Robodebt victims have spoken out against class action lawyers, amid objections to the federal government’s offer to settle $1.2 billion without admitting legal liability.
The Federal Court has heard ‘heartbreaking accounts’ of victims of the Commonwealth’s illegal automated scheme matching tax data and Centrelink to claw back social benefits which the government says were overpaid.
“If the settlement is approved, there are a large number of people who will not receive money but who will have waived their rights … and there are people here who have lost their children,” Judge Bernard said Thursday. Murphy.
Dubbed robodebt, the scheme was deemed illegal in 2019 after the Federal Court found Centrelink could not have been satisfied that the automatically calculated debts were correct.
One man, Jeremy, detailed his experience with the “targeted, punitive” program. He expressed concern that the previously proposed Commonwealth settlement allowed politicians to avoid publicly admitting that robotic debt was illegal.
He also raised concerns that Gordon Legal, the firm behind the class action lawsuit, would be the primary beneficiary.
“The government will have used the power of the state to persecute the weakest members of society and then used public funds to prevent them from being held accountable,” Jeremy said.
“In contrast, the victims will have endured tremendous stress and anxiety, which a wealthy law firm benefits from.”
Others have raised concerns about the transparency of the law firm’s costs, some details of which have not been released.
Judge Murphy said there must be “a good reason why the costs are not open for reading”.
“Having said that, I don’t see anything embarrassing,” added the judge.
Acting for Gordon Legal, Bernie Quinn QC said that while some people would not be compensated as part of the settlement, they would receive “closure”.
Jennifer Miller said robodebt played a “very important” role in her son Rhys Cauzzo killing himself about four years ago after being sued by Centrelink and debt collectors.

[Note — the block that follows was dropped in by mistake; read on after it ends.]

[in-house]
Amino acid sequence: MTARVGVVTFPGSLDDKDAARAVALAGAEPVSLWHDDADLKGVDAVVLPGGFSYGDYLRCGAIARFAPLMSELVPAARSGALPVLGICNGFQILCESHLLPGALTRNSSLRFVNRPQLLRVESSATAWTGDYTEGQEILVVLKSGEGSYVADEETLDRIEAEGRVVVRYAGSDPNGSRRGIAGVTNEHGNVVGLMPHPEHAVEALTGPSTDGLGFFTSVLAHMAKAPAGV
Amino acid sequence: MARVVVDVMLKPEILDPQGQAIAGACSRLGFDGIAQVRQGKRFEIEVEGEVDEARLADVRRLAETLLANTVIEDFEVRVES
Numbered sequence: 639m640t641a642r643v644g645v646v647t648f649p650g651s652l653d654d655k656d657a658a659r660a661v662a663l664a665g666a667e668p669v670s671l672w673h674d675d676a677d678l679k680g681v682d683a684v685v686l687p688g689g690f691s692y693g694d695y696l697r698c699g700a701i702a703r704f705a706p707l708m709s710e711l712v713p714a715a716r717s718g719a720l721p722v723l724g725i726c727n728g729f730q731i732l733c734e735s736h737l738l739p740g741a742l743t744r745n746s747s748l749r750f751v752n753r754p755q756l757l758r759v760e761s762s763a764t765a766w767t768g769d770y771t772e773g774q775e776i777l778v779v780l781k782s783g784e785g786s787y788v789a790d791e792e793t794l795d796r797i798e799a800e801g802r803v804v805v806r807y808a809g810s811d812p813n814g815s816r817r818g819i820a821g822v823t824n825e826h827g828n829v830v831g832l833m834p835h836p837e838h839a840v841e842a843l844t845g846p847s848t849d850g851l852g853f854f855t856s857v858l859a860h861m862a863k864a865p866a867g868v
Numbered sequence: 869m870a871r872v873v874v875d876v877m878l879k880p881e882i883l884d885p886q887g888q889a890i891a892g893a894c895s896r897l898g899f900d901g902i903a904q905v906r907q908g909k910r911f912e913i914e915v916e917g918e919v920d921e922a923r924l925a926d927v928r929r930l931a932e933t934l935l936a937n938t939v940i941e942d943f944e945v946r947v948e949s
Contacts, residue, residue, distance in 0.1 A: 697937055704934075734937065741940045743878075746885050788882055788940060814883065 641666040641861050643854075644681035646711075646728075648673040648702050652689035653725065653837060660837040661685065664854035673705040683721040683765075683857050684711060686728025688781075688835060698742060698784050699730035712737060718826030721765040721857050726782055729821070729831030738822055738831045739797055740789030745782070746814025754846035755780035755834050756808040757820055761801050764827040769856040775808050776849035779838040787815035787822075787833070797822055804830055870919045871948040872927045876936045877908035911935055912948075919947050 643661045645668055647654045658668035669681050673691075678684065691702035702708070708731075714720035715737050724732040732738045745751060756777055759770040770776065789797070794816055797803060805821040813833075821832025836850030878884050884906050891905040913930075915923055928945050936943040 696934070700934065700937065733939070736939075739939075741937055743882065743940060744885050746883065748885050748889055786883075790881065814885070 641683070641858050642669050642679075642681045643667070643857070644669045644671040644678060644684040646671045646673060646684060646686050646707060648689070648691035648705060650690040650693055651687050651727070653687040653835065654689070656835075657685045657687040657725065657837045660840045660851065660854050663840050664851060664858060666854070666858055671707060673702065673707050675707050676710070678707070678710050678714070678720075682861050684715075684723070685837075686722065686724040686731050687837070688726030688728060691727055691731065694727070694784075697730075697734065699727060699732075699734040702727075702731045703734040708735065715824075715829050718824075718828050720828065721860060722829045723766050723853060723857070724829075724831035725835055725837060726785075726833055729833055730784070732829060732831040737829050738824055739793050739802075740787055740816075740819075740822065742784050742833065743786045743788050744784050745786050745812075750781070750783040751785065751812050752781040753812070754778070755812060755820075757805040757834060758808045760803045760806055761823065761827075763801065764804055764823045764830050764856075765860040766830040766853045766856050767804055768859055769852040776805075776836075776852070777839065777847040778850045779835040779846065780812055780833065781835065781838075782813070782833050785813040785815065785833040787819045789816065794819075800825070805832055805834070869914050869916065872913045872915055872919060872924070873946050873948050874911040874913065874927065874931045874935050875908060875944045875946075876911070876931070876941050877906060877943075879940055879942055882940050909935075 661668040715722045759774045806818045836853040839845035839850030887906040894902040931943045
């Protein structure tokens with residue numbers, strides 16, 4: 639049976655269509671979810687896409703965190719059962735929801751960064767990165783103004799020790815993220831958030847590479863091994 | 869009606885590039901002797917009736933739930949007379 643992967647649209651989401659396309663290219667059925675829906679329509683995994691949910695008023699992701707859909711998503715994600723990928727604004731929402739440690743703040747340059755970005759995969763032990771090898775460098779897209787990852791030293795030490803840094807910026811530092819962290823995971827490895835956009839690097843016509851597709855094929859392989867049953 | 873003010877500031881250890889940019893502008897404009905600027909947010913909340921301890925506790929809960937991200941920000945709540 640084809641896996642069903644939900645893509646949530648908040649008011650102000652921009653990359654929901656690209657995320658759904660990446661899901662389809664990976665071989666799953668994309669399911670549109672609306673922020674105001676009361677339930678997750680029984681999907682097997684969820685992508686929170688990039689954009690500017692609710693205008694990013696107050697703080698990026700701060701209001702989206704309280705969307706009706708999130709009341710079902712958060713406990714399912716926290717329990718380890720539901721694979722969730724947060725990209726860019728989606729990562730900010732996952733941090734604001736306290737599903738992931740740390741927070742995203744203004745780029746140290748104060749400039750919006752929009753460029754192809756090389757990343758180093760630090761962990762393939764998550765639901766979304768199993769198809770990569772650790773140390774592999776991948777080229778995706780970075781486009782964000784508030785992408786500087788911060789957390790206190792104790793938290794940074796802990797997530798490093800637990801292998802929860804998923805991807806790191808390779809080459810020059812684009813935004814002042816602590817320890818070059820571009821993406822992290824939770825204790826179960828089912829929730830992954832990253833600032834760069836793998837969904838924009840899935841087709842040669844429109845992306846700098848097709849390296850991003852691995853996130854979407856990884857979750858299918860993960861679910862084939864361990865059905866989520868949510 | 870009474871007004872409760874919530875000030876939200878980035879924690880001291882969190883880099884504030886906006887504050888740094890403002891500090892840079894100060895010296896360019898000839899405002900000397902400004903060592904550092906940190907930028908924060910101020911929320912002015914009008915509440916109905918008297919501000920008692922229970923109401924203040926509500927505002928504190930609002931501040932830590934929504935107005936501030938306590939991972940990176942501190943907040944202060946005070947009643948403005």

Ms Miller said she was pleased the money had been returned, but opposed the settlement because no one in power had been held accountable.
“The only thing I ever got was platitudes – I was shown no respect,” she told the court.
“My objection is that there was no accountability. It turned out to be an illegal process early in the play.”
Ms Miller said Centrelink sued her son despite knowing he had mental health issues and also gave private information about him to the media.
More than 500 people had objected to the settlement and many had “heartbreaking stories”, Judge Murphy said.
Another woman told the court her partner and father killed themselves after being chased by debt collectors.
“The emotional toll is absolutely ridiculous,” she said.
A man said his debt was reduced by more than $3,000 to $400 after spending six months supplying materials to authorities, but the stress he endured left him unable to work.
He said the settlement as it stood meant he would not receive compensation for his mental suffering.
“It’s shocking, isn’t it?” the man said.
“I think that’s totally wrong – I run around and they don’t believe me at all.”
Another man, 45, said he had spent a tenth of his life worrying and dealing with his robodebt case.
It was previously revealed that the victims would receive $112 million in compensation, be reimbursed $720 million and have $400 million in illegal debt erased.
Income averaging is no longer used as the sole proof of possible debt.
The hearing to help determine the final form of the settlement is scheduled to continue Friday.
Australian Associated Press